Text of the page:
View Slide

  16. 16
    Install  JSHINT
    npm  install  jshint  —save-­‐dev  
    jshint  *.js  **/*.js

    View Slide

  17. 17
    Building  Lint  Script
    “lint”:  “jshint  *.js  **/*.js

    View Slide

  18. 18
    Lint  as  pretest  Script
    Lint  is  a  script  that  you  should  run  frequently.  This    
    script  is  a  good  example  of  a  script  that  should  be  run  
    before  your  tests  in  a  pre-­‐hook  script.  
    “pretest”:  “npm  run  lint”  
    3-­‐three

    View Slide

  19. 19
    Front  End  Scripts
    compile  less  code  to  css  
    bundle  and  minify  all  scripts  
    compile  coffeeScript  and  typeScript  
    From  my  example  I  will  be    using  Browserify  to  do  
    the  bundling  and  minify.

    View Slide

  20. 20
    Install  Less
    npm  install  less  —save-­‐dev

    View Slide

  21. 21
    Compiling  Less  to  CSS
    To  compile  less  code  you  tell  it  where  is  your  source  
    less  code  and  then  where  you  want  to  output  the  CSS  
    code  that  is  generated  
    lessc  client/less/demo.less  public/css/site.css

    View Slide

  22. 22
    Create  less  Script
    “build:less”:  “lessc  client/less/demo.less    
                   public/css/site.css”

    View Slide

  23. 23
    Browserify
    npm  install  browserify  —save-­‐dev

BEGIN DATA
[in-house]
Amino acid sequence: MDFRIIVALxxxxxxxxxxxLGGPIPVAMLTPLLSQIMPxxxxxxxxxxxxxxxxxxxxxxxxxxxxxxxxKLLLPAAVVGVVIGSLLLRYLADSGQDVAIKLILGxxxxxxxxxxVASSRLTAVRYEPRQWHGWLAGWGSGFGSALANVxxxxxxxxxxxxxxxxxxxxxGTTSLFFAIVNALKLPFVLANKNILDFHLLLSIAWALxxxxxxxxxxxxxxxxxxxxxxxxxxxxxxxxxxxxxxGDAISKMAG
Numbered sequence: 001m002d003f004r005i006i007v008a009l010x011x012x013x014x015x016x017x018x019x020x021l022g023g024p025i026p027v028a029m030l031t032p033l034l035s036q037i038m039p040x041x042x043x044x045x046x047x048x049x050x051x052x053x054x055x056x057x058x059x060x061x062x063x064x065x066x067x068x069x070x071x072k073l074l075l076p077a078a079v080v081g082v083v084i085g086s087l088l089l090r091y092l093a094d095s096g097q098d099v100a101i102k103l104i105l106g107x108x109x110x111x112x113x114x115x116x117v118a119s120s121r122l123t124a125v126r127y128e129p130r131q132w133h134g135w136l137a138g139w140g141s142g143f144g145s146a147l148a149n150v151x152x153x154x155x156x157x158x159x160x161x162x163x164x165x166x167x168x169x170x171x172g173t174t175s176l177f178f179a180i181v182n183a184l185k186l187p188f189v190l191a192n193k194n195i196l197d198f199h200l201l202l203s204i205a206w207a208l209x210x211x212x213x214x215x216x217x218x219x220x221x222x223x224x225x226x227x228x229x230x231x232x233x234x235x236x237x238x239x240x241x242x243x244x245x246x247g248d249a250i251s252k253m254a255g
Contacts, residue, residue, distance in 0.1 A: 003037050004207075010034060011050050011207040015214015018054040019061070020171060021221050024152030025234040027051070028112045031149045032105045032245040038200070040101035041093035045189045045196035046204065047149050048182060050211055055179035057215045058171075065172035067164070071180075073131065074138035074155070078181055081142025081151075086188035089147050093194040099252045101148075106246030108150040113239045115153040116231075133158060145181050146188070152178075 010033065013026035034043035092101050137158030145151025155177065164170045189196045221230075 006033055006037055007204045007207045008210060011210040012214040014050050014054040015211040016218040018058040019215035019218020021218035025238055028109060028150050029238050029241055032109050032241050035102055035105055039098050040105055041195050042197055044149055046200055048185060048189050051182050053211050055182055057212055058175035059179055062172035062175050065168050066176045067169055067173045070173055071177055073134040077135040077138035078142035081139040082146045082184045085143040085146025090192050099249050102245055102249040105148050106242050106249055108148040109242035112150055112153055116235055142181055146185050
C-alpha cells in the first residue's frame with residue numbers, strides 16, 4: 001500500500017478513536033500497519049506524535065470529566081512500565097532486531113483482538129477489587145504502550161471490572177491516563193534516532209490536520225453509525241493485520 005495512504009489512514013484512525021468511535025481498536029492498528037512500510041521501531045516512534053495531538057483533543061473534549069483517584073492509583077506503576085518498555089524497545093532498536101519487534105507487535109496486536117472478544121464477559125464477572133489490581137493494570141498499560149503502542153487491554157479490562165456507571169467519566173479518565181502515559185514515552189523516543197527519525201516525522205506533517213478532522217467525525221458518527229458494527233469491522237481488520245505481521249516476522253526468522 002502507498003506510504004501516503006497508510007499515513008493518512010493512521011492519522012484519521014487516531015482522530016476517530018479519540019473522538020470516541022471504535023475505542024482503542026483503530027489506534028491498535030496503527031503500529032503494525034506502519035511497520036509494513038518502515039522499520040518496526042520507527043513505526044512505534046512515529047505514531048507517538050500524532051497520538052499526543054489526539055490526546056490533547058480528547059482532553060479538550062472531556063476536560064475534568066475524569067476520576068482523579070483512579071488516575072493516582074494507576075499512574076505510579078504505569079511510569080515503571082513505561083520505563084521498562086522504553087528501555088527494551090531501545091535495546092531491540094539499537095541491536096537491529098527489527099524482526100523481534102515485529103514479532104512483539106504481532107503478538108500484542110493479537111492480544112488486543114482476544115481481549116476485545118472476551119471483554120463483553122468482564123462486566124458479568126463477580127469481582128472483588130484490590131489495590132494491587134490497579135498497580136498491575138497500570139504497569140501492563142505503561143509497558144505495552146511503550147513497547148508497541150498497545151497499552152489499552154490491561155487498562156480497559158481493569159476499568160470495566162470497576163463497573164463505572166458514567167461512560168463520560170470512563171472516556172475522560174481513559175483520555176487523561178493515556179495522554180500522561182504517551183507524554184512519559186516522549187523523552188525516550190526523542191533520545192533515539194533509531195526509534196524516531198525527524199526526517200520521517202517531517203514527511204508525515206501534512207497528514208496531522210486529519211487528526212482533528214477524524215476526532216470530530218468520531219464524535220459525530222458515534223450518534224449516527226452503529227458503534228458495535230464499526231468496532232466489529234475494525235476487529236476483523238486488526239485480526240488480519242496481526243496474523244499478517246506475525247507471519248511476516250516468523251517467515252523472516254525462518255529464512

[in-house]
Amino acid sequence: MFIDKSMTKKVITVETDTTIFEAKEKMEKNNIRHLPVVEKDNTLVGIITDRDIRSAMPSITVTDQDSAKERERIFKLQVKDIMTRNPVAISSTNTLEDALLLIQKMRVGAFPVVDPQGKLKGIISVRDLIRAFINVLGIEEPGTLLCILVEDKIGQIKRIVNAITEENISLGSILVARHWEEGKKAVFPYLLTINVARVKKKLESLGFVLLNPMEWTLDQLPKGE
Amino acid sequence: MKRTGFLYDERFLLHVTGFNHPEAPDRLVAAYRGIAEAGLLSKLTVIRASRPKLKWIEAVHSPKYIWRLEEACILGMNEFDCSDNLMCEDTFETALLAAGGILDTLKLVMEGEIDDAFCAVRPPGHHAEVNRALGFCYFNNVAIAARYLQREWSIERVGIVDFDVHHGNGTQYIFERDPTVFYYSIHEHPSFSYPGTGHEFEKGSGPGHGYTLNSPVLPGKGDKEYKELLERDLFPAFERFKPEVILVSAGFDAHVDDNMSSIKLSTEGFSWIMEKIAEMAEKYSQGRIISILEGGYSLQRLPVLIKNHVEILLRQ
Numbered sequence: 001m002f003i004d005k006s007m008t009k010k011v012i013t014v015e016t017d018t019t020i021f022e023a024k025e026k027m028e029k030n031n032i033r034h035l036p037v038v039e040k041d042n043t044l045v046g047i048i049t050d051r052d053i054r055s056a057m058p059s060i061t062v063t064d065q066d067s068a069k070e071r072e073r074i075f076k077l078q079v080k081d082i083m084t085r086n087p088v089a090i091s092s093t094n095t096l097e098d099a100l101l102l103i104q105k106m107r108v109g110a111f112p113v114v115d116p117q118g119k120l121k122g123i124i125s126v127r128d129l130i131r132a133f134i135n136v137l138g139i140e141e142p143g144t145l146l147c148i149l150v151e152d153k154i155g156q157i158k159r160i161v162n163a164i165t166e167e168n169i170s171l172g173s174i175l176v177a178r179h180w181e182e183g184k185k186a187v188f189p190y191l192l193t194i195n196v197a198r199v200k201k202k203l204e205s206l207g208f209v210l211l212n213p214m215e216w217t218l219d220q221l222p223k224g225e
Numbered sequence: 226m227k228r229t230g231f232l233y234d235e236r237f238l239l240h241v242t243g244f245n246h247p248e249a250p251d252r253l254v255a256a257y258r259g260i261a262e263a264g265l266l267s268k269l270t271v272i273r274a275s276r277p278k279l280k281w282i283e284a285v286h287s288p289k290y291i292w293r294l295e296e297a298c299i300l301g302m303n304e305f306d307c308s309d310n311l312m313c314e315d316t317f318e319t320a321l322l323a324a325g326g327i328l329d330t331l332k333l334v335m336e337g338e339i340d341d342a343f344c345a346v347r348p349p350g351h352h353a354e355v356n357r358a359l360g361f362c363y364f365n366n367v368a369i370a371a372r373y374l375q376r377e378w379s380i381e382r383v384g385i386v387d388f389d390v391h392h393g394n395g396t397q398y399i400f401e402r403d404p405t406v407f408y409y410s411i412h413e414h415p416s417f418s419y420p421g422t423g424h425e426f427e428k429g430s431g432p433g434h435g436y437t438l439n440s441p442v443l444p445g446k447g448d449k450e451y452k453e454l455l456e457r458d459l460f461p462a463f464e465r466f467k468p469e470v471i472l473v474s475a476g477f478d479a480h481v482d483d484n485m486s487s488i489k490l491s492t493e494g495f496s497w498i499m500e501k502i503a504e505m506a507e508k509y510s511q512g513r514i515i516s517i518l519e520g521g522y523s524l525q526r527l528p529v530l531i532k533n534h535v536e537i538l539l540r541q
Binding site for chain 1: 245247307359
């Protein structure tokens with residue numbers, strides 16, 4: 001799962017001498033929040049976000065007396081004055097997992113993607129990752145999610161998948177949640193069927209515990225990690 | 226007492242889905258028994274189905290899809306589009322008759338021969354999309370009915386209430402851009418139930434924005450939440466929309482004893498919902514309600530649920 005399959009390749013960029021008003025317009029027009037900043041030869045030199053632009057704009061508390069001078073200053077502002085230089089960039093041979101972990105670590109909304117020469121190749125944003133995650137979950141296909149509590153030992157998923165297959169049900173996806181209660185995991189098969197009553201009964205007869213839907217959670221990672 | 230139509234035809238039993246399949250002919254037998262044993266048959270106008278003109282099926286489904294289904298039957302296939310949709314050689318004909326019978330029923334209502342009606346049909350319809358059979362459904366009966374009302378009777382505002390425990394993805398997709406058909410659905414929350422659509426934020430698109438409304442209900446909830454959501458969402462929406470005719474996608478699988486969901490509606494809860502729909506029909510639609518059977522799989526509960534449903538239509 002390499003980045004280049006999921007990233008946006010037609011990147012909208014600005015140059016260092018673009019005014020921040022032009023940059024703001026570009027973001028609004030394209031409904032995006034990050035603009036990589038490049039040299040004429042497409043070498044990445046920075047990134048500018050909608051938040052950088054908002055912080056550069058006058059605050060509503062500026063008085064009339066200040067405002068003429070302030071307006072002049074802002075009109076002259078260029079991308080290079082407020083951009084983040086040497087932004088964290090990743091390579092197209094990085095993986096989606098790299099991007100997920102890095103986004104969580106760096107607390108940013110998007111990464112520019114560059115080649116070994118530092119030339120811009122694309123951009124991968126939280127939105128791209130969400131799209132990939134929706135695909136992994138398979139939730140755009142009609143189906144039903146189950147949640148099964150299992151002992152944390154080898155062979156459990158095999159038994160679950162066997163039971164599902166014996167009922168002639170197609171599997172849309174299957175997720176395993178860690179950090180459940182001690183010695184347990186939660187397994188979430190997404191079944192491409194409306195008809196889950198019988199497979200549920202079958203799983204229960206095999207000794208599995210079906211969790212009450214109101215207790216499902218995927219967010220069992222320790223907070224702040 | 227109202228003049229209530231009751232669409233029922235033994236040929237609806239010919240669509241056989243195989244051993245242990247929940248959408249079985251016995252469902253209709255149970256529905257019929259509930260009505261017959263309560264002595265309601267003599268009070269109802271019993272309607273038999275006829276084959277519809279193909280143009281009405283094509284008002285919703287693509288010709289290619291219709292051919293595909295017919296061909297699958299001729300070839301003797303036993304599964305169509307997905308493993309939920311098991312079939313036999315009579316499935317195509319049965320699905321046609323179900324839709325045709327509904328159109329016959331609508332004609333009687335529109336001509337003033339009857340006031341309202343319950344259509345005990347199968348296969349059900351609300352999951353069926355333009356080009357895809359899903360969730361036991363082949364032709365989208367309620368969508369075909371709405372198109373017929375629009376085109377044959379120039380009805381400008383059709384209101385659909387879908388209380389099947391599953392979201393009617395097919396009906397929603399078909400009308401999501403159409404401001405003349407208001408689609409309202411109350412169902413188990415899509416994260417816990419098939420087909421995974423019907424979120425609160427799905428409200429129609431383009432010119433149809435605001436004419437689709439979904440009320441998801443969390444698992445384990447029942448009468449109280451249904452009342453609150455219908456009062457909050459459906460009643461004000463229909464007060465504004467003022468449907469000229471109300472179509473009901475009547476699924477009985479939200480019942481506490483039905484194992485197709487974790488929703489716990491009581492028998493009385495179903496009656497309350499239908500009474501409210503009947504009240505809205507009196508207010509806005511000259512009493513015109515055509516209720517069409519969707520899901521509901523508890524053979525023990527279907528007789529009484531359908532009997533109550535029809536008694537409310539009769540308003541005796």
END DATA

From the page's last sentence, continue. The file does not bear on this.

View Slide

  24. 24
    Running  Browserify
    Browserify  is  similar  to  Less.  you  tell  it  where  is  your    
    sources  code  and  then  where  you  want  to  output    
    bundled  code  that  is  generated.  
    browersify  ./client/js/app.js  -­‐o  ./public/js/bundle.js
    24

    View Slide

  25. 25
    Create  Browserify  Script
    “build:bundle”:  “browersify  ./client/js/app.js    
               -­‐o  ./public/js/bundle.js”

    View Slide

  26. 26
    Minify
    Minify  is  an  npm  module  that  will  minify  the  bundle  
    created  by  Browserify.  
    npm  install  uglify  —save-­‐dev

    View Slide

  27. 27
    Minify  Script
    uglify  ./client/js/app.js  —mc  -­‐o  ./public/js/out.min.js  
    “build:uglify”:  “uglify  ./client/js/app.js  —mc    
             -­‐o  ./public/js/out.min.js”

    View Slide

  28. 28
    Refactoring  Uglify
    We  don’t  want  to  send  the  app.js  file  into  uglify.  We  
    want  to  send  the  file  generated  by  browserify  into  
    uglify.  So  let’s  refactor  our  script  to  combine  these.  
    “build:bundle”:  “browserify  ./client/js/app.js  |    
           uglifyjs  =mc  >  ./public/js/bundle.js”

    View Slide

  29. 29
    Explaining  the  Script
    The  pipe  command  tells  to  take  the  output  of  the  
    first  command  -­‐  browserify  -­‐  and  use  that  as  the  
    input  to  the  next  command  -­‐  uglify.  
    The  -­‐mc  parameter  tells  us  to  mangle  and  compress  
    the  files.  
    The  greater  than  -­‐  >  -­‐  command  tells  the  output  to    
    be  redirected  to  ./public/js/bundle.js

    View Slide

  30. 30
    Clean  Code
    Every  Bme  we  run  bundle  we  want  to  make  sure